443932 Bridging the Know-How Gap - Hydraulic Design of Packed Dividing Wall Columns

Tuesday, April 12, 2016: 4:00 PM
343A (Hilton Americas - Houston)
Helmut Jansen1, Thomas Rietfort1, Thorsten Hugen1, Igor Dejanovic2 and Zarko Olujic3, (1)Julius Montz GmbH, Hilden, Germany, (2)Chemical Engineering, University of Zagreb, Zagreb, Croatia, (3)Process & Energy Department, Delft University of Technology, Delft, Netherlands

By virtue of its design a Dividing Wall Column (DWC) minimizes energy and equipment as well as plot area requirements of three and more component separations by distillation, which makes it to the most sustainable among distillation technologies. Although proven and well established in practice, and highly appealing regarding energy and capital saving potential, the number of industrial applications of DWCs is still limited. Indeed, as elaborated in greater details elsewhere, e.g. Jansen et al., Chemical Engineering, August 2014, 40-48, a DWC is an atypical distillation column and there are certain process and mechanical design and operation-related concerns and potential constraints that may discourage inexperienced practitioners and make them reluctant to consider design and implementation of a DWC in prospective applications.

In the meantime, many process engineers have developed skills and are capable of using available tools within commercial software packages to simulate performance, i.e. to establish reflux and stage requirements of a DWC. However, what is not readily available in commercial software packages is a proven DWC dimensioning method. Indeed, a reliable hydraulic design method is needed to translate performance simulation results into diameter(s) and height of the shell of a new DWC, or to examine appropriateness of an existing column shell in a retrofit case, including detailed internal layout and proper dimensions of normal and partitioned sections, depending on chosen type and size of structured packing and auxiliary equipment. This must be done with certain rigor if one wishes to arrive at a reliable basis for evaluation of cost-effectiveness of both new DWC designs and retrofits.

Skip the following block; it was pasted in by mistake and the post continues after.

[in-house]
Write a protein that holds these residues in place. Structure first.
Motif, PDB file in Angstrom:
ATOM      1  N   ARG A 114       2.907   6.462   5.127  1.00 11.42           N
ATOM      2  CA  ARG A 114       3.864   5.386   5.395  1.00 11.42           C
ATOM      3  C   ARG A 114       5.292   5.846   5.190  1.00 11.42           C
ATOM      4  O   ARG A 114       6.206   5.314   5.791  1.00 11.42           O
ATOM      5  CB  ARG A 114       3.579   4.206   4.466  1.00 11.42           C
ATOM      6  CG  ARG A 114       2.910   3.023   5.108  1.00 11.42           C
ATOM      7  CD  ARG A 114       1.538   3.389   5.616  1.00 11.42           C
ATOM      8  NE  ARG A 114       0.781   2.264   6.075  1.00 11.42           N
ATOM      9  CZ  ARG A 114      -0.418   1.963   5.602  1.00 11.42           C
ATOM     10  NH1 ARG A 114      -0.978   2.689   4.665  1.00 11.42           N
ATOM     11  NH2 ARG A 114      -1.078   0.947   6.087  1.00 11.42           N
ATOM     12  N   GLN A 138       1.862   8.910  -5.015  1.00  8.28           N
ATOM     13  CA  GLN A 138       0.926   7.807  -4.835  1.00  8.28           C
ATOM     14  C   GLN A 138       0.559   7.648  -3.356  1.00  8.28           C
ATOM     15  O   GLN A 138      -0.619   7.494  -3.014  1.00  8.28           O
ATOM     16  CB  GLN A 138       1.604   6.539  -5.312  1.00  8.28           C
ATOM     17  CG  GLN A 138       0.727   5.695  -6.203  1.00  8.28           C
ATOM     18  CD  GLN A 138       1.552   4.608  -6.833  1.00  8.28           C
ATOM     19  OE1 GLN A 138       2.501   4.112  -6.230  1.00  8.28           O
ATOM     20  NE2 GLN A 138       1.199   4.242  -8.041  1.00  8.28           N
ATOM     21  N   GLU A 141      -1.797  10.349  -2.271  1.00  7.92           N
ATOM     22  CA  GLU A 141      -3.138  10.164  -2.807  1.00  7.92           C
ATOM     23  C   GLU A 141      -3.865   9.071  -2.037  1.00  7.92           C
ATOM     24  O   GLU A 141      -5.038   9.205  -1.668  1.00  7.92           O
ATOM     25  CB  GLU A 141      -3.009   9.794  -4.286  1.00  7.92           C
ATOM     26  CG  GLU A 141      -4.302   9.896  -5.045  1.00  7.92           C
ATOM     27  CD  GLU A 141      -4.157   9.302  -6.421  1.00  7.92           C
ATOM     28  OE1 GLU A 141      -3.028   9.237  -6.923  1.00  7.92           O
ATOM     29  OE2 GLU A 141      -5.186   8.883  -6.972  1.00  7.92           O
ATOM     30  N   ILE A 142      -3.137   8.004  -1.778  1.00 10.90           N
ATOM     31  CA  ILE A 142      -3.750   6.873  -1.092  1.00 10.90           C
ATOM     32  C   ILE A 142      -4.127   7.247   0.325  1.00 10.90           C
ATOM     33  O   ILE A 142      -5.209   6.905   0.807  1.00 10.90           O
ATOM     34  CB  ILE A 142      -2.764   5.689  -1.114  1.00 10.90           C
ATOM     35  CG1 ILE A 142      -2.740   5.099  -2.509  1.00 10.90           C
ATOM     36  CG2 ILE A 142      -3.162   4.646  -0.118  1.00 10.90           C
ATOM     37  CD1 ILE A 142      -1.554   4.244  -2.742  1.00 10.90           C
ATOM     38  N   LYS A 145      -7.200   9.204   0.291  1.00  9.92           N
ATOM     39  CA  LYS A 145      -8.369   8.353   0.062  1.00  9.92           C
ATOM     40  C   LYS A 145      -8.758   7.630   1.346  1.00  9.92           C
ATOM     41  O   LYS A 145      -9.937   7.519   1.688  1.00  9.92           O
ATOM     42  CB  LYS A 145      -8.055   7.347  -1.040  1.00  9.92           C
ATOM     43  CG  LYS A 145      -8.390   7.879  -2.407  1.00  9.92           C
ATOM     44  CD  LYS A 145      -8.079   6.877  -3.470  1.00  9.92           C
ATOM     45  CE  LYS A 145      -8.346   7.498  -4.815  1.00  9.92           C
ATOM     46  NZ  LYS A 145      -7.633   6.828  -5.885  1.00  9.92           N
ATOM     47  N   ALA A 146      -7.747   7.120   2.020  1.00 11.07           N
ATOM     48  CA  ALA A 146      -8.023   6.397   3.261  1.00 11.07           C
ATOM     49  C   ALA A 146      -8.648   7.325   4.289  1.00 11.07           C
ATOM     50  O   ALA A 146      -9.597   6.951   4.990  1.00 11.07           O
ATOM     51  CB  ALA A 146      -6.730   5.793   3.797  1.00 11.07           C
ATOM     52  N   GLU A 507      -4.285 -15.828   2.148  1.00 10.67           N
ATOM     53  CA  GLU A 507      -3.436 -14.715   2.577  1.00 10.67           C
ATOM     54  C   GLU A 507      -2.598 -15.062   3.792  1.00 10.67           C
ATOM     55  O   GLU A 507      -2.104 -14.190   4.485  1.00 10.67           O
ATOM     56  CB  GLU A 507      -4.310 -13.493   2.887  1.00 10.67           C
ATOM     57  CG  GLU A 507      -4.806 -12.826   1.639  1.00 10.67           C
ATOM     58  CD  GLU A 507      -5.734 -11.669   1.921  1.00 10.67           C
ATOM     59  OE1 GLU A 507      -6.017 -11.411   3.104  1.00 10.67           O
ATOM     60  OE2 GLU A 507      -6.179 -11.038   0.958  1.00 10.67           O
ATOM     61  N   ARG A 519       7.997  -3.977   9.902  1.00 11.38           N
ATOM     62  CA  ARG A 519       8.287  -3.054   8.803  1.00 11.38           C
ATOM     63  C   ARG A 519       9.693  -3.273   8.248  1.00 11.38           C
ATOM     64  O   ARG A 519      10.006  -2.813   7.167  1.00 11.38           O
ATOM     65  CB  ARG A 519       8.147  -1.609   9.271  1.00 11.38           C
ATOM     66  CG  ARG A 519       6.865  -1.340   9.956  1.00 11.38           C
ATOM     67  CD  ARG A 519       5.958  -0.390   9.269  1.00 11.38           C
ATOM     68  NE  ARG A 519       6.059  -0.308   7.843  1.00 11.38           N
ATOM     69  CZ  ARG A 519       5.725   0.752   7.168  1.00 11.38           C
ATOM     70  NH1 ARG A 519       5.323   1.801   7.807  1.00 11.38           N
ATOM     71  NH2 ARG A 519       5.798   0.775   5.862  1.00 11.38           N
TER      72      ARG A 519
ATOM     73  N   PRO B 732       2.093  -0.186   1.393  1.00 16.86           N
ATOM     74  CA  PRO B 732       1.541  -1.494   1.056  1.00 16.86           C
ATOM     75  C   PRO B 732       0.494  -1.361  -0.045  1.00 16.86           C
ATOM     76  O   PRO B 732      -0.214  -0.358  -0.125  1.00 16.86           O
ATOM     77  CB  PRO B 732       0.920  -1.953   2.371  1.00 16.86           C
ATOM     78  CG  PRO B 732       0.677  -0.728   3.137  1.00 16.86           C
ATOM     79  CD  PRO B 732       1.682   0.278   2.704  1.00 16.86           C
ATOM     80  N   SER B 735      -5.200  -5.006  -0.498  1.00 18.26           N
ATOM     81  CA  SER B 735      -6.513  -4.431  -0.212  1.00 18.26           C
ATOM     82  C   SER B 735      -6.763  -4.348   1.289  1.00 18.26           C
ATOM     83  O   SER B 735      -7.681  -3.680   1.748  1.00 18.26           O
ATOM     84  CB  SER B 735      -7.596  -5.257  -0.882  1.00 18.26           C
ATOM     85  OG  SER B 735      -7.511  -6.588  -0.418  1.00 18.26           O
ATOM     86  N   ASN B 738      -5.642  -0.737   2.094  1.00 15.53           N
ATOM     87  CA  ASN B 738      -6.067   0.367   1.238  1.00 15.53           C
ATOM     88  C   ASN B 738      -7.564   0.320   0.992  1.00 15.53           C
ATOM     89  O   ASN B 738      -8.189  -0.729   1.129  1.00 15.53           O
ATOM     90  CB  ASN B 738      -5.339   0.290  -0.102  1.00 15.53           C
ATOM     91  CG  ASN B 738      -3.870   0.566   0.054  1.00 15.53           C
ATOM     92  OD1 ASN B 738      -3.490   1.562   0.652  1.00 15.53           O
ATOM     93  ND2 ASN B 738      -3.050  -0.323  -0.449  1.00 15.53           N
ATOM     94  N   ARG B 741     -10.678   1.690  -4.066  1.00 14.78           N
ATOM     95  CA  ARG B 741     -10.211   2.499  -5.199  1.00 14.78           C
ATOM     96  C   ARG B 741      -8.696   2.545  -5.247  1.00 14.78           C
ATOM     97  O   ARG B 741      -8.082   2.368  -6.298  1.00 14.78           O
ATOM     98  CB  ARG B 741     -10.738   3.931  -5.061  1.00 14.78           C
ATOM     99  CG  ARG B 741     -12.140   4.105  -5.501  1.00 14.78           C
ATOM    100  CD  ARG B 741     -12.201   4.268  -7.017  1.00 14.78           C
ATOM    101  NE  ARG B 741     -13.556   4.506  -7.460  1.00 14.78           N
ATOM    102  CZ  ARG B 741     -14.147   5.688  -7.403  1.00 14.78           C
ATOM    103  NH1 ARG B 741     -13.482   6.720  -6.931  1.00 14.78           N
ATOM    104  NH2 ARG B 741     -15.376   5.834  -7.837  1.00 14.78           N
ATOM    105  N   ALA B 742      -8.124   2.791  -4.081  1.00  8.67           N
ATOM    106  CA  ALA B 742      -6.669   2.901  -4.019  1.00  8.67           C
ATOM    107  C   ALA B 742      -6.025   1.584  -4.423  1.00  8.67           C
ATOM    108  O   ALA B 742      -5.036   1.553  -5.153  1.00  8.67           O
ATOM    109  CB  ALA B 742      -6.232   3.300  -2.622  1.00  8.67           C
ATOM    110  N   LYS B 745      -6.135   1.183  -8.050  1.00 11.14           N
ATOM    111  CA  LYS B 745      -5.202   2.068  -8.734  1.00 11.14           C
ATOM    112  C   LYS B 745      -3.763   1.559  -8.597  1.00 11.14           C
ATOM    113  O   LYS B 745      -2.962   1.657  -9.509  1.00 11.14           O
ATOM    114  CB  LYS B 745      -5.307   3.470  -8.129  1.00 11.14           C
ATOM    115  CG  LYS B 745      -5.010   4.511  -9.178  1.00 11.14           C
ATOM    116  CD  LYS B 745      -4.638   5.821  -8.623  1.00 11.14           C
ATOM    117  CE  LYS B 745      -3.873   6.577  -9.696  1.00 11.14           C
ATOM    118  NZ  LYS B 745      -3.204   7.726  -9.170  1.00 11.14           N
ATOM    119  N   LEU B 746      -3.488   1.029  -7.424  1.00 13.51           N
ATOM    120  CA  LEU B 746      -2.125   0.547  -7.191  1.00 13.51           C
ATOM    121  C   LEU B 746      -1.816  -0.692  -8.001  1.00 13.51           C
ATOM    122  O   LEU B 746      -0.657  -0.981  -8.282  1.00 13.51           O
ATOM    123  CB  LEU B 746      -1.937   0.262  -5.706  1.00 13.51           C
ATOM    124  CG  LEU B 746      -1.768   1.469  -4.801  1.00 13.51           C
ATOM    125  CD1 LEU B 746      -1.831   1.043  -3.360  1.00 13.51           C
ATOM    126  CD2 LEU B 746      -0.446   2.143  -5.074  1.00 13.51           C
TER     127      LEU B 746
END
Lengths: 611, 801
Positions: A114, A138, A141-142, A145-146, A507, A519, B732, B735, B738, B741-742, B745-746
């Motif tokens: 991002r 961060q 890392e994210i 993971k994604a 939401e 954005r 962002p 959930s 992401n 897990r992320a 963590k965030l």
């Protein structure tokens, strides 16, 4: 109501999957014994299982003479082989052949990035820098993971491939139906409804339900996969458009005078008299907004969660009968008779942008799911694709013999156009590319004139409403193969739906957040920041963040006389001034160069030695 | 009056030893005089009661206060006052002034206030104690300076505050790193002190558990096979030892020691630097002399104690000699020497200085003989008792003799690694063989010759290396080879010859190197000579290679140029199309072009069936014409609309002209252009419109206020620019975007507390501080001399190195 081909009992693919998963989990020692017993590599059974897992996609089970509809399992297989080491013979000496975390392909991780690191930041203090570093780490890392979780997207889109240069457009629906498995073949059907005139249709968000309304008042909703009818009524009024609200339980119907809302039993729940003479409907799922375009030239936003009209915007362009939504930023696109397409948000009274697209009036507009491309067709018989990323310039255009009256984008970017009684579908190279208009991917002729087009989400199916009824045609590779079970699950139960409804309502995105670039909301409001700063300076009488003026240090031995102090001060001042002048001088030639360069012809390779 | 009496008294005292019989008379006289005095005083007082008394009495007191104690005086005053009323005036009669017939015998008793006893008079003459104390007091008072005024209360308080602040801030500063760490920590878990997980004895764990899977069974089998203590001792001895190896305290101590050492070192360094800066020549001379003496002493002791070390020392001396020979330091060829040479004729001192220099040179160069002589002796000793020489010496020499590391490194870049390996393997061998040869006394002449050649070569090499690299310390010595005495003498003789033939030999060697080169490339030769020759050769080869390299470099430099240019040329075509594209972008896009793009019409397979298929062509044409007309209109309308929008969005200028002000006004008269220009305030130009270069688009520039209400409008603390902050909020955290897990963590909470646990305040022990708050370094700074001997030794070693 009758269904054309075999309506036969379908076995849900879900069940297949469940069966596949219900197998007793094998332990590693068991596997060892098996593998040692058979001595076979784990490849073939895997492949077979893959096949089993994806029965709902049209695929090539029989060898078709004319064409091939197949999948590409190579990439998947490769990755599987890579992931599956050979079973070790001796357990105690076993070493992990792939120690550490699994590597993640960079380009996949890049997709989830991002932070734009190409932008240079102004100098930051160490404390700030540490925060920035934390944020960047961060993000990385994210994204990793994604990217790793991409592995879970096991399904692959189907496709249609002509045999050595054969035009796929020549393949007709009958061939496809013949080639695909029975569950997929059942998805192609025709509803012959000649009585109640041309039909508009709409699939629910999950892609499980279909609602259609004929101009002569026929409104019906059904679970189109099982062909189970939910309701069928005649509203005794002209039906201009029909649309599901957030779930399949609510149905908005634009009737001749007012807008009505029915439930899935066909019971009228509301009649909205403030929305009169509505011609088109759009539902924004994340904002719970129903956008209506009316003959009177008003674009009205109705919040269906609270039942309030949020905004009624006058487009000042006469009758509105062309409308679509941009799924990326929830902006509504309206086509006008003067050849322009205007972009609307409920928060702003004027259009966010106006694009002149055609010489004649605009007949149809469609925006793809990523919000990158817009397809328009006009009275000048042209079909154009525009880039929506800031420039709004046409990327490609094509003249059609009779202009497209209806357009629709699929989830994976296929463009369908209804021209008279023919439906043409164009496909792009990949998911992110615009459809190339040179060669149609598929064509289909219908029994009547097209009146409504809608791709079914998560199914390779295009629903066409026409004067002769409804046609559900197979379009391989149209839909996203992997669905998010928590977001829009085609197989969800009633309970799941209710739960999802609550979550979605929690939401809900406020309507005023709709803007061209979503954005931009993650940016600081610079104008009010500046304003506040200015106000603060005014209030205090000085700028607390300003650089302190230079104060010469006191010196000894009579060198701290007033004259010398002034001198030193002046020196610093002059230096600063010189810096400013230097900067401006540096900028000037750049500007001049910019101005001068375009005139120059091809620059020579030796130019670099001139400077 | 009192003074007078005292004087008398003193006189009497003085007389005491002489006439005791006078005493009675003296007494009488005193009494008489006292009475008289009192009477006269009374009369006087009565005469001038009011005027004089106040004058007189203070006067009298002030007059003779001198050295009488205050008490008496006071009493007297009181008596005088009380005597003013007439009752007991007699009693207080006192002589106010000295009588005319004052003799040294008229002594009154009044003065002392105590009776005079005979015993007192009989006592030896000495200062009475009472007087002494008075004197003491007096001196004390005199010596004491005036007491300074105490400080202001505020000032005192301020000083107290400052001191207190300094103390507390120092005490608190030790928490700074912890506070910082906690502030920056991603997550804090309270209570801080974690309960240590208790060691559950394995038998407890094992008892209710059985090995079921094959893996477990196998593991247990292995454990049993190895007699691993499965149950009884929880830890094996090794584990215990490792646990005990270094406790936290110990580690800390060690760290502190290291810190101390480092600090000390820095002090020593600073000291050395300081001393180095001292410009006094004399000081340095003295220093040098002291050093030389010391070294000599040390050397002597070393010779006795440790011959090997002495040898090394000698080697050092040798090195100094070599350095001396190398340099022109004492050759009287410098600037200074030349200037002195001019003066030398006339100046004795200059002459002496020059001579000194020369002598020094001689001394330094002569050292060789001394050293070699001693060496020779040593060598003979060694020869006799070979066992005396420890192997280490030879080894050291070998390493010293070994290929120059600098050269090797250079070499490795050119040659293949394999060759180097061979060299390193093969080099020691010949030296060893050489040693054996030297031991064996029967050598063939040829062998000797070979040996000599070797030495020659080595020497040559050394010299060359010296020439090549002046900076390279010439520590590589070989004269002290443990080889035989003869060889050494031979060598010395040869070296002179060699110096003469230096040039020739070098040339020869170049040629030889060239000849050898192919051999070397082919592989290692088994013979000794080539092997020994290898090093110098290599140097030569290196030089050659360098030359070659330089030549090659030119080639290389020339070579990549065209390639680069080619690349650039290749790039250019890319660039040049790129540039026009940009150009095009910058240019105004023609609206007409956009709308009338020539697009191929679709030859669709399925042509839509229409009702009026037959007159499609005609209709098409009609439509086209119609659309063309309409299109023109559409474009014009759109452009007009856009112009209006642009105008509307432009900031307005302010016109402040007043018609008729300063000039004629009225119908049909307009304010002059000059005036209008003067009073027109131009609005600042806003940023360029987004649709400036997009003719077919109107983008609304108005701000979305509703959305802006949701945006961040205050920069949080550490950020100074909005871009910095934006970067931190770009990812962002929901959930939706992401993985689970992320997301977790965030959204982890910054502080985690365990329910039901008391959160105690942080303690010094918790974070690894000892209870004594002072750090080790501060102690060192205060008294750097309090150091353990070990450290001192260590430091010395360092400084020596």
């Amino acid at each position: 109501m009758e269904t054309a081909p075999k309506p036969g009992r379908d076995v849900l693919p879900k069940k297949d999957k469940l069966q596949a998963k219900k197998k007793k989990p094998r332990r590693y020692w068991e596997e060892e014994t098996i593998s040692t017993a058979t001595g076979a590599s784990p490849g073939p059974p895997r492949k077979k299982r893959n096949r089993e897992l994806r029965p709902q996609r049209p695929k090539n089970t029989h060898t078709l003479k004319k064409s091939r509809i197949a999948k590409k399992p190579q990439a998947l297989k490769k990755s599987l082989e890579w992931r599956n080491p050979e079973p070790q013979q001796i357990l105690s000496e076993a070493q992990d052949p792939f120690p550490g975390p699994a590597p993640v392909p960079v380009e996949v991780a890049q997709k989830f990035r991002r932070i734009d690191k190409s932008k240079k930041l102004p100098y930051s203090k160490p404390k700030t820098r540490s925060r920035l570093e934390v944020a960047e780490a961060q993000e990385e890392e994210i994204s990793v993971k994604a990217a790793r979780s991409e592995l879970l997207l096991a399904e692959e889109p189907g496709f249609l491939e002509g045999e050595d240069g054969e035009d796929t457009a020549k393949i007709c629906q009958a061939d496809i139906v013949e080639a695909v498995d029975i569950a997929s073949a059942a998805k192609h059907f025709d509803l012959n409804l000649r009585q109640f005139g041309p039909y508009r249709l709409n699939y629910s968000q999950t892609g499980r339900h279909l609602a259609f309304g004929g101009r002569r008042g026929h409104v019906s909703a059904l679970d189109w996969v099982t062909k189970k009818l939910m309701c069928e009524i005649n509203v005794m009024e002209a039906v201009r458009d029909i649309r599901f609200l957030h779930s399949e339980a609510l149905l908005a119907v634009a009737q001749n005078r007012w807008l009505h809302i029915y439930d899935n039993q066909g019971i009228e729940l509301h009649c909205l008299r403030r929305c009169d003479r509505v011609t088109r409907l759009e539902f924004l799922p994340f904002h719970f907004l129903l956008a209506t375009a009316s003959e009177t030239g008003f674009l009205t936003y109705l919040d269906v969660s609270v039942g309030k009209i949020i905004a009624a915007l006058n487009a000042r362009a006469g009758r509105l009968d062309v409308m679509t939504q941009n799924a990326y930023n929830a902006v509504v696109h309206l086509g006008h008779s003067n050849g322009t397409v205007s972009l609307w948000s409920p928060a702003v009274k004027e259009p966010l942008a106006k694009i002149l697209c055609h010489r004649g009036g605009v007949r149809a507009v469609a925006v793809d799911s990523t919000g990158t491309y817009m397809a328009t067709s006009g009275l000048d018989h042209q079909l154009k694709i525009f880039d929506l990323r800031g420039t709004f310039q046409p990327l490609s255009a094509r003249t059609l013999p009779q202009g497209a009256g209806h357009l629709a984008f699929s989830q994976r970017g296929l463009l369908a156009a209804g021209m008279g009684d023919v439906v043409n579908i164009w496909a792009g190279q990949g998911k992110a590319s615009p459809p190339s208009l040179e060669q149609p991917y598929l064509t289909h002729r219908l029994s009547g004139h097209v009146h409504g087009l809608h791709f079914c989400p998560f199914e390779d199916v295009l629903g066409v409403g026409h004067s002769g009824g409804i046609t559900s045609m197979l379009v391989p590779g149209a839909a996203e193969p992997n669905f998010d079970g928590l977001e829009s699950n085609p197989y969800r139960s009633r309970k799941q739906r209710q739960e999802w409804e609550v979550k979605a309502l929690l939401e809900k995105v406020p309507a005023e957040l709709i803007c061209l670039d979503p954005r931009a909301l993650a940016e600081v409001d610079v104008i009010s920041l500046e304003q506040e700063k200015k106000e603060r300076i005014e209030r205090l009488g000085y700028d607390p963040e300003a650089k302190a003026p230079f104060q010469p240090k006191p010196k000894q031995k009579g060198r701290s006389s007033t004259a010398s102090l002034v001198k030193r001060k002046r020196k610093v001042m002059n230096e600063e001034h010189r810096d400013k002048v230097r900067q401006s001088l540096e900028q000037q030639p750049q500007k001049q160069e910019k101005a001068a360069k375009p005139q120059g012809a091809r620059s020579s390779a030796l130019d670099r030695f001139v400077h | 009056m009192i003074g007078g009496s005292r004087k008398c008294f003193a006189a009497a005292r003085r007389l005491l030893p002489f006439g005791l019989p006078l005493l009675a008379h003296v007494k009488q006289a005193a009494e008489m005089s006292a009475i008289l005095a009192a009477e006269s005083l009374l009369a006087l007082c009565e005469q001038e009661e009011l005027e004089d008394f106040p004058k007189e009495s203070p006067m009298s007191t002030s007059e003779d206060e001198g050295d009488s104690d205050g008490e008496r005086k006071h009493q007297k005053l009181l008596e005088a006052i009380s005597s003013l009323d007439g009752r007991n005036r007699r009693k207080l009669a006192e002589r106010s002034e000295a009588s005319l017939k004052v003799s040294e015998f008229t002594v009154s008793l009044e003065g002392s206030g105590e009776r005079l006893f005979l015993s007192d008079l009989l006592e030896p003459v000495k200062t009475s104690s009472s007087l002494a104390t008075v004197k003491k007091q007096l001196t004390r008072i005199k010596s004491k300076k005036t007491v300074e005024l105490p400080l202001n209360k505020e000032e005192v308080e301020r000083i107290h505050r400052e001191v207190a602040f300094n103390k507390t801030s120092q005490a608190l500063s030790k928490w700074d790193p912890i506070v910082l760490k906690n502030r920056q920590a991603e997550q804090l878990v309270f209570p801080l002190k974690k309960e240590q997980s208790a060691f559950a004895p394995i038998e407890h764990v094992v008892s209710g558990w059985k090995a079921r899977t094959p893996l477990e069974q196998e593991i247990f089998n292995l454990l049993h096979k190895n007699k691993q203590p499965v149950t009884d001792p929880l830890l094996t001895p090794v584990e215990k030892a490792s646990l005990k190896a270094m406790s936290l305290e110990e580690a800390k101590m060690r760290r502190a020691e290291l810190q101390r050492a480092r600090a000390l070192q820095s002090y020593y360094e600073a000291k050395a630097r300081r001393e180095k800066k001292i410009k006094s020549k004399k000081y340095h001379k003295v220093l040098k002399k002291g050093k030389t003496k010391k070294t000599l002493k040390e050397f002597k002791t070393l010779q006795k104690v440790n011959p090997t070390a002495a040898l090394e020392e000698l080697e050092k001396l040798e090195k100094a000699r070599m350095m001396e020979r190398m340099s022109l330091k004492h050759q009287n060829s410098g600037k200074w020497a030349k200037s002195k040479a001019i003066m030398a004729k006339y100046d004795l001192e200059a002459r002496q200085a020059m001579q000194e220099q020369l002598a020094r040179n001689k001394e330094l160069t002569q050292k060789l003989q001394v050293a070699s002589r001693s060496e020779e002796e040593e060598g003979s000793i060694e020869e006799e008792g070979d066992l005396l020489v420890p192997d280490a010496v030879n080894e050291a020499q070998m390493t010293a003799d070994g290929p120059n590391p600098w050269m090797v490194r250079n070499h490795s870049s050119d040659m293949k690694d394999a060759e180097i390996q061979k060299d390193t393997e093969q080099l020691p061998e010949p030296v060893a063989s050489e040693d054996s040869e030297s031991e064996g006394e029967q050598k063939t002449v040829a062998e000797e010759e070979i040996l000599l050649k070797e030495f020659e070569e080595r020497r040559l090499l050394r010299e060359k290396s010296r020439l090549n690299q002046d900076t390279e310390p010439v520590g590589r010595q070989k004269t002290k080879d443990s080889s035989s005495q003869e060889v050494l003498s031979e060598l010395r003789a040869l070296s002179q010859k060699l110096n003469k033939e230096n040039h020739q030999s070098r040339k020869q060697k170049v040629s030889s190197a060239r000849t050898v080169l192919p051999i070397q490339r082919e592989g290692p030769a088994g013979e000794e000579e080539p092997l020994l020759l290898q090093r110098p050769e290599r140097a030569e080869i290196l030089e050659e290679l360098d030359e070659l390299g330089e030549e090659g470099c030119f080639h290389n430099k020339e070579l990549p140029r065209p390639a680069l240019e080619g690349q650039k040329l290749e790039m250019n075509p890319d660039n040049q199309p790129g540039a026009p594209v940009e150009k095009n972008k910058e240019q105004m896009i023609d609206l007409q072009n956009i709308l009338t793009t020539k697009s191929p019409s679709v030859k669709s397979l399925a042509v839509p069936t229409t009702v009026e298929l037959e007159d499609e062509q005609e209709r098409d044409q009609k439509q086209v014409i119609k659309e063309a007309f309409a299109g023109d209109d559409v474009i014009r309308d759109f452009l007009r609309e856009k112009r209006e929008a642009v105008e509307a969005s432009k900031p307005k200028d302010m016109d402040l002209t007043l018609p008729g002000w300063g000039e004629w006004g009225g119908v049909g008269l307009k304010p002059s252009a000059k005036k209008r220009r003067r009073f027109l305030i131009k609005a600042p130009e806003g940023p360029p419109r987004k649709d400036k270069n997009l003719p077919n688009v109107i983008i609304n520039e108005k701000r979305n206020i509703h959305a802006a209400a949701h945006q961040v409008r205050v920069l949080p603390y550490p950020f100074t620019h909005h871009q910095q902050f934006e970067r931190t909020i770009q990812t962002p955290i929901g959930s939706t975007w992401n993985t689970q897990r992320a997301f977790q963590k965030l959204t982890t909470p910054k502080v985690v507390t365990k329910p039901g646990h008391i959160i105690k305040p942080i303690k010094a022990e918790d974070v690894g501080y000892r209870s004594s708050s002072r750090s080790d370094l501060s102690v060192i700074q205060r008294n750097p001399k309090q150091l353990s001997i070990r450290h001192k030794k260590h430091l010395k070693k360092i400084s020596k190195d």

To provide basis for filling the existing know-how gap, the present paper addresses all relevant aspects of packed DWC dimensioning, using engineering tools available in public domain. Emphasis is on equipment choice and a predictive model that enables accurate estimation and proper balancing of the pressure drop in parallel sections. The latter being the key to successful design and operation of DWCs. Capability of quantification in this respect opens the door for exploration of possibilities for expansion of the application window of DWCs, both as a new design to enhance potential benefits and as an energy saving retrofit option.

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